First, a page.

Fig. 1

Evolution of hepatitis B vaccination recommendations in the Americas

We aimed to summarize progress to date in countries/territories of the Americas in introducing and implementing HB vaccination, as well as in evaluating its impact on HBV seroprevalence.


We collected information on HB vaccination schedules and coverage estimates among newborns and infants; and year of vaccine introduction by countries/territories’, using the WHO/UNICEF Joint Reporting Forms on Immunization sent by the countries to the Pan American Health Organization/World Health Organization (PAHO/WHO) [10]. We used U.S. National Immunization Surveys to obtain coverage data from the US and Puerto Rico [11]. We confirmed information on vaccination schedules and year of introduction through communications with national EPI managers, PAHO/WHO focal points, and official ministries of health’ websites. We identified and reviewed vaccine impact studies conducted in Latin America. We also reviewed relevant impact studies conducted in the US and Canada, and published vaccination coverage estimates among high-risk groups to provide a comprehensive picture of vaccination efforts in the whole region.

To estimate regional HB vaccination coverage, we used data from the last five-year period available (2010–2015), considering that regional verification processes require at least five years of high HB vaccination coverage [12]. Coverage estimates exceeding 100% were considered 100% in our analyses. As recommended by WHO, we used linear interpolation to estimate missing coverage values, provided that two or more values from other years were available [13]. If no coverage data were available for the last year included in the report, we used the estimate reported in the prior year [13]. If a coverage estimate was available for only one of the years in the analysis period, the country was excluded from the regional coverage estimates for the missing years. Countries that have not yet adopted HB vaccination policies were assumed to have 0% coverage [12]. For newborns and infants, we used, as denominators, the average annual births for 2010–15, as available, from the PAHO/WHO Regional Core Health Data Initiative [14].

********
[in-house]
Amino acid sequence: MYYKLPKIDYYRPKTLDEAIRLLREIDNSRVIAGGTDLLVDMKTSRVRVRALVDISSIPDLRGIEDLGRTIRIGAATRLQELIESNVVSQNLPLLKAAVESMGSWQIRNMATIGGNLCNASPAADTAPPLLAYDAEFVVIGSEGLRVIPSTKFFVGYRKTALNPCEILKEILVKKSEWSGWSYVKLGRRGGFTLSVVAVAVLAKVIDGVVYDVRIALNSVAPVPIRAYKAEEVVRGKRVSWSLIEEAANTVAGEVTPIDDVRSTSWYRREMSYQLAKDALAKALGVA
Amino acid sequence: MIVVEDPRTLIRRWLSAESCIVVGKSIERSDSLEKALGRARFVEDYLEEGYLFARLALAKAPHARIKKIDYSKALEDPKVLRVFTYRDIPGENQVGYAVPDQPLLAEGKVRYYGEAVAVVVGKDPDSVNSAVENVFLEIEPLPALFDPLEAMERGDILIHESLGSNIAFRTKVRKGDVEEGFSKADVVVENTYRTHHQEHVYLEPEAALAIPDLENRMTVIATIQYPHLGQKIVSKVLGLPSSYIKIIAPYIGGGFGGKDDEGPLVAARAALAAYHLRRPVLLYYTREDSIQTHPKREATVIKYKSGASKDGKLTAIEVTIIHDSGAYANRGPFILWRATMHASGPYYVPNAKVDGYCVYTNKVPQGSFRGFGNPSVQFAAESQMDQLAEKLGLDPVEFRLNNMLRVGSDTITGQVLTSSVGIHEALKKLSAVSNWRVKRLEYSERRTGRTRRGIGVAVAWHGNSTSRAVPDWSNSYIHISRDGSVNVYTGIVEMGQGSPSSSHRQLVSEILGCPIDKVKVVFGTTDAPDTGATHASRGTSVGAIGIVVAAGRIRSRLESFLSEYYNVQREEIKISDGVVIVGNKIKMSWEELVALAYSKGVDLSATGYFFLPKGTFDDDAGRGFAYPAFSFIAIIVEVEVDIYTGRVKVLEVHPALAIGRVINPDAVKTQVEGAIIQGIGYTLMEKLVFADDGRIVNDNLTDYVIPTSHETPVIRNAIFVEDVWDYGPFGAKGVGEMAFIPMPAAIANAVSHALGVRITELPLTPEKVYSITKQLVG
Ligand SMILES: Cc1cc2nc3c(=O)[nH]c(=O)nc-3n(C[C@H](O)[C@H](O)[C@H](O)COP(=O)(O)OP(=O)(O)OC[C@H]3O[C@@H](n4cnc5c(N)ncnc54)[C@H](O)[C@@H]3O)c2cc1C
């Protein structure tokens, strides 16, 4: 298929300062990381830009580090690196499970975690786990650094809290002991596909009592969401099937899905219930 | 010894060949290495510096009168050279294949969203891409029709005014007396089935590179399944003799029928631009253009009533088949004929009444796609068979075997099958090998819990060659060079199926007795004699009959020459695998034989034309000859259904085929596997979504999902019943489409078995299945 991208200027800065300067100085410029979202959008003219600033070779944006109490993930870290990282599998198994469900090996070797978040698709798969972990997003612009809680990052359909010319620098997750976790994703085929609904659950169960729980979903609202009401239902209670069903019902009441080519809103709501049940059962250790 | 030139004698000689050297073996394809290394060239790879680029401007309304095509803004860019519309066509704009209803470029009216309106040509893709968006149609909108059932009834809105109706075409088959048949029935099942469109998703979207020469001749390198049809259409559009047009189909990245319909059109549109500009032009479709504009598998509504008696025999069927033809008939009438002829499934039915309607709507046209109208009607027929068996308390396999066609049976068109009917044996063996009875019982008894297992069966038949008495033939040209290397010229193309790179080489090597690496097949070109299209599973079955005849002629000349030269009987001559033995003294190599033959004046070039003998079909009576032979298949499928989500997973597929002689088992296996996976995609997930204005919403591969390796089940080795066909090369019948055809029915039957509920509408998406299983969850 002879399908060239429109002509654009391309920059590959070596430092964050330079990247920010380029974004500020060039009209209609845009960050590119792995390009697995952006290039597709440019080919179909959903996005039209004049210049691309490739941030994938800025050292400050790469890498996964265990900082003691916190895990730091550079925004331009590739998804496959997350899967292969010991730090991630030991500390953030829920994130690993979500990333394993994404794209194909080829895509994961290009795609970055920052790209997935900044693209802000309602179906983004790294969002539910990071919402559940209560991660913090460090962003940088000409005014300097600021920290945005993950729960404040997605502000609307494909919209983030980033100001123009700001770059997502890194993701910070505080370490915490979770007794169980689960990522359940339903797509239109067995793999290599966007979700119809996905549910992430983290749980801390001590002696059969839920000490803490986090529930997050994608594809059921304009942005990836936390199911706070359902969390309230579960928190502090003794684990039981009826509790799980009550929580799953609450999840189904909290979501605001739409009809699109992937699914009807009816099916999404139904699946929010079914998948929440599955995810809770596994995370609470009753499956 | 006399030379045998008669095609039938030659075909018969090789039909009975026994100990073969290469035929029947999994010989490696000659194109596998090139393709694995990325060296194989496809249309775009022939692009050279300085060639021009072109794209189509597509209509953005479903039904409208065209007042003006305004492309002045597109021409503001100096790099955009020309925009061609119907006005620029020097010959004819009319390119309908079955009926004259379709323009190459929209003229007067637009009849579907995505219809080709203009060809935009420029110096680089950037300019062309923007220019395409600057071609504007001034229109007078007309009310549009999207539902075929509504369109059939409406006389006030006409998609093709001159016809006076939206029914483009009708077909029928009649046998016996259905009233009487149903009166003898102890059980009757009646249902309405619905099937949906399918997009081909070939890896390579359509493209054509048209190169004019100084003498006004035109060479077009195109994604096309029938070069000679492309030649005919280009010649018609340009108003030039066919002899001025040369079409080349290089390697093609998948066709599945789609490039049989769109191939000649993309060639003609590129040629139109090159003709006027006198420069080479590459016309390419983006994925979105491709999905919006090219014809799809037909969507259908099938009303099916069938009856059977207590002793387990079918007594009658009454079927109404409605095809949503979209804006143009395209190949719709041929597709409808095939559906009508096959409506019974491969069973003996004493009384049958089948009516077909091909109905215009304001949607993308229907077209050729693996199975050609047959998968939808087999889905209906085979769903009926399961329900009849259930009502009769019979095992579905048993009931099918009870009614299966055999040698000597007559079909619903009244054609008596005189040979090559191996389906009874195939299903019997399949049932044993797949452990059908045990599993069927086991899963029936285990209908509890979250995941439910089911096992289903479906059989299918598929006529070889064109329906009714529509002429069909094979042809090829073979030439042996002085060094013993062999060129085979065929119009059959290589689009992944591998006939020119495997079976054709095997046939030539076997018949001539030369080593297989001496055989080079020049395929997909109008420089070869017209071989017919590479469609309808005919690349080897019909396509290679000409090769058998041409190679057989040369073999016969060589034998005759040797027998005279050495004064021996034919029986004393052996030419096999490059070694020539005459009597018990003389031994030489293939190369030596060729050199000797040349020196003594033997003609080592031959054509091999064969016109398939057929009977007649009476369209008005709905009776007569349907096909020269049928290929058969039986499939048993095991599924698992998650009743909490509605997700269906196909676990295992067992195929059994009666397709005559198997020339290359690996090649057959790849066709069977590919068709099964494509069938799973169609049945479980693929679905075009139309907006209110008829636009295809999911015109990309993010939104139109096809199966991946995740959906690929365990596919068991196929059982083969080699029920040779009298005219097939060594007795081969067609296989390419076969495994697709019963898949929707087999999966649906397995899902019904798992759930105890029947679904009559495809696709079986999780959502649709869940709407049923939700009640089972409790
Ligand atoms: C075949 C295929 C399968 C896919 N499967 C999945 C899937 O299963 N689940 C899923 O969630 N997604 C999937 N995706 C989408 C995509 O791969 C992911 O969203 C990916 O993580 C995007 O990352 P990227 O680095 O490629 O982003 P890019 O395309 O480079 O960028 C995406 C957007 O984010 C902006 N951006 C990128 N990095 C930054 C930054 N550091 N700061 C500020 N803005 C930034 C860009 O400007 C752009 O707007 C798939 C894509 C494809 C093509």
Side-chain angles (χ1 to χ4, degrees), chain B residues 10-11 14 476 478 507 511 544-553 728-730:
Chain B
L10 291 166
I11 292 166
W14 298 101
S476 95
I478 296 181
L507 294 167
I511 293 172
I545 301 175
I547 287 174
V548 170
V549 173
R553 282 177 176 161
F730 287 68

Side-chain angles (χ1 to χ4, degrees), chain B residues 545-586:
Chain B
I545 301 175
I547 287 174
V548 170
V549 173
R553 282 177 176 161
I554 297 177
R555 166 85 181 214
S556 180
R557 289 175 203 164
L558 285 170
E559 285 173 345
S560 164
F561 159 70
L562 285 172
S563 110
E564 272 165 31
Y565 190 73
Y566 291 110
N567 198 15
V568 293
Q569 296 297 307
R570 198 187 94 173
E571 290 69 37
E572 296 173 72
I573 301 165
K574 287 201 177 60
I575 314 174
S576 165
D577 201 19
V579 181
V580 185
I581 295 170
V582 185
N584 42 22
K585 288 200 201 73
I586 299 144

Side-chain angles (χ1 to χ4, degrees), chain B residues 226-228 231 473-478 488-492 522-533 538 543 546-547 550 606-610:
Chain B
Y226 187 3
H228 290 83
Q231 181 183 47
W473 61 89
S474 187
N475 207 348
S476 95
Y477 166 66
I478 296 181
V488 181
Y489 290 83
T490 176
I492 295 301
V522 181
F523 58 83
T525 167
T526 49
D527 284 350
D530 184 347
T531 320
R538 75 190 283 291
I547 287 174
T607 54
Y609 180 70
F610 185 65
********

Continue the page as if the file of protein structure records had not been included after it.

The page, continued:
Introduction of HB vaccination in the official immunization schedules

To date, all countries/territories of the Americas have included HB vaccine in their childhood immunization schedules. It was gradually implemented between 1991 and 2012, starting with the US and ending with Bonaire, Haiti, and Saba (Table 1). All countries/territories use HB-containing combination vaccines except for Canada (in six provinces, through school-based immunization programs), Mexico, and Costa Rica, which use monovalent vaccines.

Table 1 Hepatitis B official vaccination schedule, year of vaccine introduction, reported three-dose series vaccination coverage, year of birth dose vaccination introduction, and reported birth dose vaccination coverage by country/territory in the Americas, 2010–2015

As of October, 2016, 35 (69%) of 51 countries/territories have included the birth HB vaccine dose into their immunization schedules: 20 countries/territories implemented it nationwide, and 14 countries/territories restricted its use to infants born to HBsAg-positive mothers. While Canada health authorities recommend universal birth dose vaccination, this, to date, has only been implemented in three provinces (Table 1).

Thus, the vast majority of countries/territories in the Americas use combination vaccines and administer them at 2, 4 and 6 months, with an additional dose at birth among countries with the corresponding policy in place.

In addition, at least six countries, including but not limited to Argentina, Brazil, Cuba, Peru, Uruguay and the US, have carried out catch-up vaccination and expanded vaccination to older age groups as complementary HB control strategies.

HB vaccination coverage among newborns and infants

For the period 2010–15, the average vaccination coverage for the three-dose series of HB vaccine among countries/territories of the Region ranged from 36% in Haiti, which introduced HB vaccination in 2012, to 99% in Nicaragua, Anguilla, and St Lucia. Of 42 countries/territories for which coverage data were available for the entire period, 31 (74%) reported a vaccination coverage ≥90%. We estimated at 89% the regional three-dose series vaccination coverage for 2015. Figure 2 shows regional vaccination coverage estimates per year for 2010–15.

Fig. 2

Reported hepatitis B vaccination coverage for the three-dose series among children aged less than one year and for the birth dose among newborns, The Americas, 2010–2015

For the same period, the birth dose vaccination coverage ranged from 17% in St Kitts and Nevis, which only introduced birth dose vaccination in 2015, to 99% in Cuba. For 2015, we estimated the regional coverage for the birth dose at 75%, including all countries, and at 80% when restricting to countries with universal birth dose vaccination policies (Fig. 2).